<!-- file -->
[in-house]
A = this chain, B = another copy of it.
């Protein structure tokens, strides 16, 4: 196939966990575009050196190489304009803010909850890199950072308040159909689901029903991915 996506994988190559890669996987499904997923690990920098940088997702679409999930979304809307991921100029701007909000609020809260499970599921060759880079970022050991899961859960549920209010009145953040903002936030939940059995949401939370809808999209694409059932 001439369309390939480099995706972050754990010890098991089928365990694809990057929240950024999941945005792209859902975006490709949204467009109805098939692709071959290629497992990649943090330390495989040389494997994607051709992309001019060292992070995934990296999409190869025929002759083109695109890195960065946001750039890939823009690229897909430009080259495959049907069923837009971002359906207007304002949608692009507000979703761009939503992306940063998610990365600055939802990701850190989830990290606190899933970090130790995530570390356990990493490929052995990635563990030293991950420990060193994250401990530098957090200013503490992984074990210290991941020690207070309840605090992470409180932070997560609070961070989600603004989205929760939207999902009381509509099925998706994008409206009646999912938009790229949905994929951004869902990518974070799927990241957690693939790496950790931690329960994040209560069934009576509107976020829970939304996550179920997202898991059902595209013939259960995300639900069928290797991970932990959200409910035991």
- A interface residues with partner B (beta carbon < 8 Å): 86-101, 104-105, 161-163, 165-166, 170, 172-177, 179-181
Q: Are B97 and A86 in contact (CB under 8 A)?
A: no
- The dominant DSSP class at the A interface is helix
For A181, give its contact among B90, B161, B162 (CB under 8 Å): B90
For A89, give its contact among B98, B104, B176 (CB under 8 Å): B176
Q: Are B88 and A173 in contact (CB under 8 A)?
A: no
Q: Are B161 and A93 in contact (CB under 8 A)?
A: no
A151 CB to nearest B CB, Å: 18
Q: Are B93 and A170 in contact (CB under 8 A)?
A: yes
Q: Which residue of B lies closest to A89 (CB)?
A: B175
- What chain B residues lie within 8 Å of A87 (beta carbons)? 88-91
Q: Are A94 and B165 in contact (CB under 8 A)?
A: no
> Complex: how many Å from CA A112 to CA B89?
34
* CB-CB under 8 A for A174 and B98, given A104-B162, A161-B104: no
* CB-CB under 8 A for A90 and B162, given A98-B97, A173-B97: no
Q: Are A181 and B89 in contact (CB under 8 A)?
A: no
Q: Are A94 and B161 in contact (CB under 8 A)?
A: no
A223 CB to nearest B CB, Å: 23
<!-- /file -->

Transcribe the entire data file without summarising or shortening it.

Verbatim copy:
[in-house]
A = this chain, B = another copy of it.
């Protein structure tokens, strides 16, 4: 196939966990575009050196190489304009803010909850890199950072308040159909689901029903991915 996506994988190559890669996987499904997923690990920098940088997702679409999930979304809307991921100029701007909000609020809260499970599921060759880079970022050991899961859960549920209010009145953040903002936030939940059995949401939370809808999209694409059932 001439369309390939480099995706972050754990010890098991089928365990694809990057929240950024999941945005792209859902975006490709949204467009109805098939692709071959290629497992990649943090330390495989040389494997994607051709992309001019060292992070995934990296999409190869025929002759083109695109890195960065946001750039890939823009690229897909430009080259495959049907069923837009971002359906207007304002949608692009507000979703761009939503992306940063998610990365600055939802990701850190989830990290606190899933970090130790995530570390356990990493490929052995990635563990030293991950420990060193994250401990530098957090200013503490992984074990210290991941020690207070309840605090992470409180932070997560609070961070989600603004989205929760939207999902009381509509099925998706994008409206009646999912938009790229949905994929951004869902990518974070799927990241957690693939790496950790931690329960994040209560069934009576509107976020829970939304996550179920997202898991059902595209013939259960995300639900069928290797991970932990959200409910035991």
- A interface residues with partner B (beta carbon < 8 Å): 86-101, 104-105, 161-163, 165-166, 170, 172-177, 179-181
Q: Are B97 and A86 in contact (CB under 8 A)?
A: no
- The dominant DSSP class at the A interface is helix
For A181, give its contact among B90, B161, B162 (CB under 8 Å): B90
For A89, give its contact among B98, B104, B176 (CB under 8 Å): B176
Q: Are B88 and A173 in contact (CB under 8 A)?
A: no
Q: Are B161 and A93 in contact (CB under 8 A)?
A: no
A151 CB to nearest B CB, Å: 18
Q: Are B93 and A170 in contact (CB under 8 A)?
A: yes
Q: Which residue of B lies closest to A89 (CB)?
A: B175
- What chain B residues lie within 8 Å of A87 (beta carbons)? 88-91
Q: Are A94 and B165 in contact (CB under 8 A)?
A: no
> Complex: how many Å from CA A112 to CA B89?
34
* CB-CB under 8 A for A174 and B98, given A104-B162, A161-B104: no
* CB-CB under 8 A for A90 and B162, given A98-B97, A173-B97: no
Q: Are A181 and B89 in contact (CB under 8 A)?
A: no
Q: Are A94 and B161 in contact (CB under 8 A)?
A: no
A223 CB to nearest B CB, Å: 23